House Oversight and Government Reform Committee Chairman Jason Chaffetz began the impeachment process against IRS Commissioner John Koskinen on Tuesday, accusing him of misleading the public and destroying documents that were sought under a congressional subpoena.
It was the latest move in the battle over the targeting of tea party groups at the tax agency.
Less than a week earlier, the Justice Department issued a report finding no criminal behavior in the decision by top IRS officials to subject conservative groups to intrusive scrutiny.
Among the specific charges leveled by Mr. Chaffetz and 18 of his fellow Republicans on the committee were that Mr. Koskinen, appointed by President Obama in December 2013 after the targeting scandal broke, misled Congress when he said he had turned over all of former IRS senior executive Lois G. Lerner’s emails and that he oversaw destruction of evidence when his agency got rid of backup tapes that contained the emails.
It was unclear how far the resolution would go in a Congress preoccupied with so many other fights and with little more than a year to go in President Obama’s tenure.
The impeachment resolution says the IRS knew as early as February 2014 that Ms. Lerner’s messages were missing as the result of a reported computer hard drive crash, but the agency didn’t notify Congress until June and the backup tapes were destroyed in March.
Rep. Elijah E. Cummings of Maryland, the ranking Democrat on the oversight committee, said the accusations against Mr. Koskinen were baseless and the impeachment drive was a waste of time and taxpayer money.
“This ridiculous resolution will demonstrate nothing but the Republican obsession with diving into investigative rabbit holes that waste tens of millions of taxpayer dollars while having absolutely no positive impact on a single American,” the Maryland Democrat said. “Calling this resolution a ‘stunt’ or a ‘joke’ would be insulting to stunts and jokes.”
The IRS released a brief, unsigned statement: “The IRS vigorously disputes the allegations in the resolution. We have fully cooperated with all of the investigations.”
Hours before the impeachment resolution was introduced, Mr. Koskinen told a Senate hearing that he has taken steps to try to clean up the mess left by the targeting scandal.
“The chain of command all the way down has changed. There are new people that have gone through, and we’ve pursued appropriate disciplinary review as needed,” Mr. Koskinen said.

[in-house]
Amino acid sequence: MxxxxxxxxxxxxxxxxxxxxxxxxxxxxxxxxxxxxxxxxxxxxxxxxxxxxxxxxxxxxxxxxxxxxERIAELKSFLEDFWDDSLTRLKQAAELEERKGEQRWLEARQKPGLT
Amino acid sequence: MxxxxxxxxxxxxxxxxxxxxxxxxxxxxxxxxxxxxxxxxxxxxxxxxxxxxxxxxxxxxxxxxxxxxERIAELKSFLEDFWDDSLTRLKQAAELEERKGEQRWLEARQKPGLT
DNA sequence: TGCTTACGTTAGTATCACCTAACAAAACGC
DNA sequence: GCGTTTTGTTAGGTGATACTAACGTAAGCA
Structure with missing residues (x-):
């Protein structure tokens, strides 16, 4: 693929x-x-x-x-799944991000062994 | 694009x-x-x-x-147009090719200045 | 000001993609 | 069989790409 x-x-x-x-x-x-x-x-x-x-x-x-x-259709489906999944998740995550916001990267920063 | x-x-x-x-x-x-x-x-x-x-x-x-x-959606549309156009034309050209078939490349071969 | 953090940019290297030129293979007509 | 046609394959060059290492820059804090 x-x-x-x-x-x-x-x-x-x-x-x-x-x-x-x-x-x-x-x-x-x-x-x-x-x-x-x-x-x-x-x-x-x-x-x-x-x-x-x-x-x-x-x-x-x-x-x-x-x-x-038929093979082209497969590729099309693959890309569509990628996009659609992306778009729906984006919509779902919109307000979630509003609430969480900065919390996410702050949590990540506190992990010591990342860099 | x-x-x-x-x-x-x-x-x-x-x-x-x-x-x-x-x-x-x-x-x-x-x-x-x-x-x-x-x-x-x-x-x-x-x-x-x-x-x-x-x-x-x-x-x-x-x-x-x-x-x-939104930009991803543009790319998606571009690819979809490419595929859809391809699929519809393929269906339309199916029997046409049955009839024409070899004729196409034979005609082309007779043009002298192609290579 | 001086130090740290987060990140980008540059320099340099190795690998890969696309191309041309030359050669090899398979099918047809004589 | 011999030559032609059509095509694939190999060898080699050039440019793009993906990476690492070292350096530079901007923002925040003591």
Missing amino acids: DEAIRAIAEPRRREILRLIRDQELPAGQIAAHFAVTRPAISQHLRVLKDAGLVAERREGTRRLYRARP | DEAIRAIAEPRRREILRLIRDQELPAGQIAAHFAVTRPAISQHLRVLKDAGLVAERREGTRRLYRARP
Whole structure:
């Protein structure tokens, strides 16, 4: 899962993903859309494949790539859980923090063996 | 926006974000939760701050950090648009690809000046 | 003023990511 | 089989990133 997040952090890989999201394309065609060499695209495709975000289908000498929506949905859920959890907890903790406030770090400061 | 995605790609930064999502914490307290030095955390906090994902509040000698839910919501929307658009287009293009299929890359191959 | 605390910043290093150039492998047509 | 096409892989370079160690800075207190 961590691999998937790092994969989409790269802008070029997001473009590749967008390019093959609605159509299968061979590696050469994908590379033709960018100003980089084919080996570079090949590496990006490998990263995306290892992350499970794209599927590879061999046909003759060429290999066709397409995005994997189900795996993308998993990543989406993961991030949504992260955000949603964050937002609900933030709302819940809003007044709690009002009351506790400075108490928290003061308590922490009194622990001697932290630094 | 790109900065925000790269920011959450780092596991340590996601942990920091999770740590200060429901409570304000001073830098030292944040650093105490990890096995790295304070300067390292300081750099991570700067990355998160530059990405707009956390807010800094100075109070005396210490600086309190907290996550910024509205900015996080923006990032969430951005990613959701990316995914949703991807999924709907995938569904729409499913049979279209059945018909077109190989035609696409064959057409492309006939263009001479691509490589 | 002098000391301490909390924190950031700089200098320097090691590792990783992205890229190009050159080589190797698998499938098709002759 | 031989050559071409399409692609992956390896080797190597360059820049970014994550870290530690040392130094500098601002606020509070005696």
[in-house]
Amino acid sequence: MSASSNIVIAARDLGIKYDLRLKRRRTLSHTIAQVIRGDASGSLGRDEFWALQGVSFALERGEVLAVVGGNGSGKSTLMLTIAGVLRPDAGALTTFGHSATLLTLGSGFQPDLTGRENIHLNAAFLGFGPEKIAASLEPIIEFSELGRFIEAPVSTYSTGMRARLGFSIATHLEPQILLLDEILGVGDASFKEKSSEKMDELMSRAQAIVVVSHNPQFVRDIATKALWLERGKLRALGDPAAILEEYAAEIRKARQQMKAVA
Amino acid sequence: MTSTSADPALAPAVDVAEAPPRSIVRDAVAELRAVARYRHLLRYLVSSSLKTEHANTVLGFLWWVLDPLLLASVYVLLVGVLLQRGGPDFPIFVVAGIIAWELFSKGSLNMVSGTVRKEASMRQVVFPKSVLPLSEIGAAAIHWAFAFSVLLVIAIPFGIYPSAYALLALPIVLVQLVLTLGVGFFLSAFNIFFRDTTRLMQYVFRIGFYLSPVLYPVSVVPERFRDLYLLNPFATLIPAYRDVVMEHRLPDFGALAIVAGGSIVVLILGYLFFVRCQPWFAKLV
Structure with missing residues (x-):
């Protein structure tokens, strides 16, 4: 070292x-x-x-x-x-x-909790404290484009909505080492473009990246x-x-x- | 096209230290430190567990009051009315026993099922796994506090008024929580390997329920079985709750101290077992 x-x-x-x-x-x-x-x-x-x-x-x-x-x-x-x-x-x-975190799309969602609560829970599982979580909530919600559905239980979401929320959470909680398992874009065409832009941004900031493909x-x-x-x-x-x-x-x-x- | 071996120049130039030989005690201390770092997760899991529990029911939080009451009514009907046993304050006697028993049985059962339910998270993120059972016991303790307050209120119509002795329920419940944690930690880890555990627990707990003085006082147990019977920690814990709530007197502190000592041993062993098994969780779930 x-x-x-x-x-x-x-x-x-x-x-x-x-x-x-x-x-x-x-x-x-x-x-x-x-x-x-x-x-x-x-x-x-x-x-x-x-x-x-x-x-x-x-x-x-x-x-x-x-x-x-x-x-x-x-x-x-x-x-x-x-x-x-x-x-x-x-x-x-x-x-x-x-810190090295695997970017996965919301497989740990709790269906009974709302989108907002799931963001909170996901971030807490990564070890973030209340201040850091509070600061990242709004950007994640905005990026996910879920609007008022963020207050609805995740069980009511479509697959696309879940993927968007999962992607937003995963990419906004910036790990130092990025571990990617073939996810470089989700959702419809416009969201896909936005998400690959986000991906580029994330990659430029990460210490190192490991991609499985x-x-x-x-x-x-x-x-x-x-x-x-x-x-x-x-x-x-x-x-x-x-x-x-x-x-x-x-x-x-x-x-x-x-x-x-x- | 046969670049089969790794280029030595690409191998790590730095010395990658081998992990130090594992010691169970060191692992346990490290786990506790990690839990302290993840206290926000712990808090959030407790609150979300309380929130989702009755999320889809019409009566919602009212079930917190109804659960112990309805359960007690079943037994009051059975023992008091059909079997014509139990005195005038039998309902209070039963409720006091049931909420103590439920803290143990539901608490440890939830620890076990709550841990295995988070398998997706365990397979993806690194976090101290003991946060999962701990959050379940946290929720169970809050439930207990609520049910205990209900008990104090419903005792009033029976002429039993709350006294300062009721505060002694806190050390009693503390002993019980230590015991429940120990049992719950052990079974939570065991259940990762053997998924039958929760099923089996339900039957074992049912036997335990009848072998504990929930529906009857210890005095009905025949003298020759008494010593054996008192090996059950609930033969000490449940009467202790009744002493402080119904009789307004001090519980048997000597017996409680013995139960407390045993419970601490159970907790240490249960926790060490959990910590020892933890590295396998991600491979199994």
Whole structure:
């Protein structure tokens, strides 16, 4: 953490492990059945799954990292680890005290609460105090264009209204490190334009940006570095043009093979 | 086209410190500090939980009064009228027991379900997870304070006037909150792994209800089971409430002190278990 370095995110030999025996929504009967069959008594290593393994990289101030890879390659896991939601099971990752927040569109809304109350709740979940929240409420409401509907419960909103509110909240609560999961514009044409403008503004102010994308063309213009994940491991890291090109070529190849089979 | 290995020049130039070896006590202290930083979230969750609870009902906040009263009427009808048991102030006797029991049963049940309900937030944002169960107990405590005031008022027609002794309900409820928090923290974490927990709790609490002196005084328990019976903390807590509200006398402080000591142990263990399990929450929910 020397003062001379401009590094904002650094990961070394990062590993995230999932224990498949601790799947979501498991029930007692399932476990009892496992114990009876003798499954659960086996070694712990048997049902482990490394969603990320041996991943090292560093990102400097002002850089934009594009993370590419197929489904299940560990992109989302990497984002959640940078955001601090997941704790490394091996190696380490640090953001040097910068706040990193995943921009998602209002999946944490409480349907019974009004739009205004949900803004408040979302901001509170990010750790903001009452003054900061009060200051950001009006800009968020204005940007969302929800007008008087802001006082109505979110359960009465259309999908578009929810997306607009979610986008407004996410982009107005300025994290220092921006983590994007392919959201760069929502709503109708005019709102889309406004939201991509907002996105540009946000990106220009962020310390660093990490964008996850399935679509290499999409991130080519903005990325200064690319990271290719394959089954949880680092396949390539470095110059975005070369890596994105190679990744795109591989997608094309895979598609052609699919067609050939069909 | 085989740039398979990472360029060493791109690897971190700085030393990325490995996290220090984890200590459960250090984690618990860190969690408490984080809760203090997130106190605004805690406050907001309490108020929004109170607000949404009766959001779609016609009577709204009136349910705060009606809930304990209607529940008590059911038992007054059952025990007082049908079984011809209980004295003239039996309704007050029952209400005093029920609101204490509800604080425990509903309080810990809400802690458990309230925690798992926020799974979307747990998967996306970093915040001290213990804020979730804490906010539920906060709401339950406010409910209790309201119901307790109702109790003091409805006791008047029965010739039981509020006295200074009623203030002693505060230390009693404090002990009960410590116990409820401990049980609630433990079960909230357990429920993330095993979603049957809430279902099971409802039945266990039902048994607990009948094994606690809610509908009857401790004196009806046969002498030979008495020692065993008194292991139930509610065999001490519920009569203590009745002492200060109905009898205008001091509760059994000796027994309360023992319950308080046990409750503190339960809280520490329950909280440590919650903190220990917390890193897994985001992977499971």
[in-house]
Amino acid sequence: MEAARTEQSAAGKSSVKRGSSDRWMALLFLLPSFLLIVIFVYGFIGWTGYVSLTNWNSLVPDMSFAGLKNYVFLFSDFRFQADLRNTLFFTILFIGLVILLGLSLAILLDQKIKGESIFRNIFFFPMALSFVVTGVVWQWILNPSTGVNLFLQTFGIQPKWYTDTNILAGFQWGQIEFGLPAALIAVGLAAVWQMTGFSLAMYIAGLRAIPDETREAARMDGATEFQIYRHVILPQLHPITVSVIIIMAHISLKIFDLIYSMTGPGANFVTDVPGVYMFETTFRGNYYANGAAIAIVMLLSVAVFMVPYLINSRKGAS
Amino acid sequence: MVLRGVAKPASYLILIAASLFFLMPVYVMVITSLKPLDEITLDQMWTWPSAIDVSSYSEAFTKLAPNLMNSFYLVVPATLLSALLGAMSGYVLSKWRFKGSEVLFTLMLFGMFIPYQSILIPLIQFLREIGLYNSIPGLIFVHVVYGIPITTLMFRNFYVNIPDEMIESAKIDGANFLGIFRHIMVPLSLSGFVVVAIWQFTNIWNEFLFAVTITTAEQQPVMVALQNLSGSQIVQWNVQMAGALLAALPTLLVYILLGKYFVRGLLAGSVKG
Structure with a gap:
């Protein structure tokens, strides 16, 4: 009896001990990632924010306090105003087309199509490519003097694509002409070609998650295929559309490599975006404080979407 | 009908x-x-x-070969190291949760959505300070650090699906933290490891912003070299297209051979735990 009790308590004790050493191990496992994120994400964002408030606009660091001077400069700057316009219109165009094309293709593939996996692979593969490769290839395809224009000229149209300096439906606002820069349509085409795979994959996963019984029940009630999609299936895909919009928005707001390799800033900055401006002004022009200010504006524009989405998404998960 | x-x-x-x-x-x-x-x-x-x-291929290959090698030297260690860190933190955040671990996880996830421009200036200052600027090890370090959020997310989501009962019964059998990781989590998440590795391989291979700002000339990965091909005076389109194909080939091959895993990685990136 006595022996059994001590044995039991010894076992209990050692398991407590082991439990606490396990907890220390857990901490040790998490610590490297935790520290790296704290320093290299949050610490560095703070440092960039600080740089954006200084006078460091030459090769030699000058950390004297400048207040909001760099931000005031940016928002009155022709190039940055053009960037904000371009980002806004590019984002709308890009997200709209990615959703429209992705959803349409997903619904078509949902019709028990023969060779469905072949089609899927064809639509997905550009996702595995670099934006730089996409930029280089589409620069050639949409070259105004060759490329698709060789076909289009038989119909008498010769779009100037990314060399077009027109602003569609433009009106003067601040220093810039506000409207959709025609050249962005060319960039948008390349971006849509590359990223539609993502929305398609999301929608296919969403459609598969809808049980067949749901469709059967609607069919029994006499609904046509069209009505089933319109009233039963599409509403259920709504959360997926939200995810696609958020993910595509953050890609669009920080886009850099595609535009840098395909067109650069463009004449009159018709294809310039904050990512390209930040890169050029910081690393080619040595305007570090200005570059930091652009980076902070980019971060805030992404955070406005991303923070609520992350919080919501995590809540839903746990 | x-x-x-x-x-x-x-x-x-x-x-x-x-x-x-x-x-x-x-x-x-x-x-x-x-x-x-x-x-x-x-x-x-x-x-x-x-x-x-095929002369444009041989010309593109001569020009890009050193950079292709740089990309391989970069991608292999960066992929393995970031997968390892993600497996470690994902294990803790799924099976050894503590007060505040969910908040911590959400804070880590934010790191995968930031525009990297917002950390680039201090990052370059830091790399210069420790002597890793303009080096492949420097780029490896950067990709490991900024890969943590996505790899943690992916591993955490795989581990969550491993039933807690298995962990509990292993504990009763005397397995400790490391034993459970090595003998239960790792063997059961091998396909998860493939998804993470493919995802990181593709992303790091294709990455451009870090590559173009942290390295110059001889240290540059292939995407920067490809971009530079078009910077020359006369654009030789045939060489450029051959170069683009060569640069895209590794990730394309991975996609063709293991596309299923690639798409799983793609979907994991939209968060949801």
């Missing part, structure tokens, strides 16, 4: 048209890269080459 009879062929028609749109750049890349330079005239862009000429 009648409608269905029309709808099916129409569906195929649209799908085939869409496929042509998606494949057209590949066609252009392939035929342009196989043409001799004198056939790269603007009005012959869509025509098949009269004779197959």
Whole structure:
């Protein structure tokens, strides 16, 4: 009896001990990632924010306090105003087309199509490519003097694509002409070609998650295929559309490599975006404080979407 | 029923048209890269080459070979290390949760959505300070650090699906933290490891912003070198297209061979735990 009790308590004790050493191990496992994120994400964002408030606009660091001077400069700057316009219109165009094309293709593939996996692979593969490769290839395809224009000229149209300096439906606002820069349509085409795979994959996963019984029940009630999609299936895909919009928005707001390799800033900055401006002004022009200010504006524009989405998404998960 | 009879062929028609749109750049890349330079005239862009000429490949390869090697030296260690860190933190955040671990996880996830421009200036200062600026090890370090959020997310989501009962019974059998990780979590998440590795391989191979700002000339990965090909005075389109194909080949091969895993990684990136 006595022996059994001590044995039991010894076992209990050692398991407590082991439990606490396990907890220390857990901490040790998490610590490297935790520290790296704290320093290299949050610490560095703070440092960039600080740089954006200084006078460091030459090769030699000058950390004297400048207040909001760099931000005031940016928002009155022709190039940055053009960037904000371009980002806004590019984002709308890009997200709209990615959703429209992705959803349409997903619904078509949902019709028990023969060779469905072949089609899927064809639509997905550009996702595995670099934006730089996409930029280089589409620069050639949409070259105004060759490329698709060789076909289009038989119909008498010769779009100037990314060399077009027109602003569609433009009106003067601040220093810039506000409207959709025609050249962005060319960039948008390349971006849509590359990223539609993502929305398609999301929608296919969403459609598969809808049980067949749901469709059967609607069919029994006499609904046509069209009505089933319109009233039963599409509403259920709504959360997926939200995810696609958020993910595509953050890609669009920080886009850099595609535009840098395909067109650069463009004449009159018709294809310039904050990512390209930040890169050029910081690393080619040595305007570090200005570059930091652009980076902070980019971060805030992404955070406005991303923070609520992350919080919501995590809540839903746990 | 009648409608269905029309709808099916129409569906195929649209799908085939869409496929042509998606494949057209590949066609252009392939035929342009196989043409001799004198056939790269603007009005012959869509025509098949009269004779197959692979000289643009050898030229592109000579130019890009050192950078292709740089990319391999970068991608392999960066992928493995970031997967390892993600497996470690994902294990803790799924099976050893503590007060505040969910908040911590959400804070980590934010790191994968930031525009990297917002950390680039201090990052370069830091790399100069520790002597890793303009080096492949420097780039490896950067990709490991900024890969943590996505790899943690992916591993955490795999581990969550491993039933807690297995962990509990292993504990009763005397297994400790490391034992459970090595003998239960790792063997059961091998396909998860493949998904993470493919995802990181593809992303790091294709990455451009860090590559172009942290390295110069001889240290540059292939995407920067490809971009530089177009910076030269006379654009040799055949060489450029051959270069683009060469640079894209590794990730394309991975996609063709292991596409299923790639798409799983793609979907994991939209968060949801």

He also acknowledged that his agency is still holding up a “handful” of tea party groups’ applications for nonprofit status, including one that has been waiting for nearly six years, The Washington Times reported this week.
He also said he hopes to have rules to limit political activities of nonprofit organizations in place before the general election next year, raising the specter of another major fight over the tax agency and political targeting.
Mr. Koskinen took over at the IRS after the May 2013 revelation that agency employees singled tea party and conservative groups out for special scrutiny, asking intrusive questions and delaying their applications for nonprofit status well beyond reasonable times. Ms. Lerner took administrative leave that month and resigned her post four months later.
The Obama administration said part of the problem was that the rules were too confusing, leaving the nonprofit groups and IRS auditors uncertain about what activity was allowed.
The IRS has tried a rewrite of those rules that would have prohibited nonprofit groups from conducting voter registration drives or hosting candidate forums. Overwhelming public opposition forced Mr. Koskinen to abandon that proposal, but he said Tuesday that he would try again.
“We would hope that we’d be able to provide these proposed new rules early enough next year so that they could — the work on them can be completed well in advance of the election so there wouldn’t be any confusion,” he said. “But I would stress that the work that we’re doing now is focused on clarifying — not changing — but clarifying the rules under which organizations operate.”
Finance Committee Chairman Orrin G. Hatch, Utah Republican, told Mr. Koskinen that seemed like a waste of time and money when the IRS is already struggling to handle taxpayers’ phone calls during filing season and losing billions of dollars a year to tax fraud.
Mr. Hatch said he would push to impose more restrictions on IRS employees engaging in political activities outside of work. He also said he would try to dent the influence of the labor union representing IRS employees, which the senator suspected of helping feed the tea party targeting.
“Our overall goal here should be to restore the credibility of the IRS and ensure that this very powerful agency treats all American taxpayers fairly,” Mr. Hatch said.
He and other senators were critical of the IRS decision to award bonuses to some of the officials involved in “bad decisions” that led to the targeting.
“The targeting scandal, coupled with poor customer service and general mismanagement, has shaken what confidence taxpayers had in the IRS,” said Sen. Chuck Grassley, Iowa Republican. “To move beyond this, Congress and the IRS are going to have to work together to make the necessary changes to ensure similar abuses can never happen again.”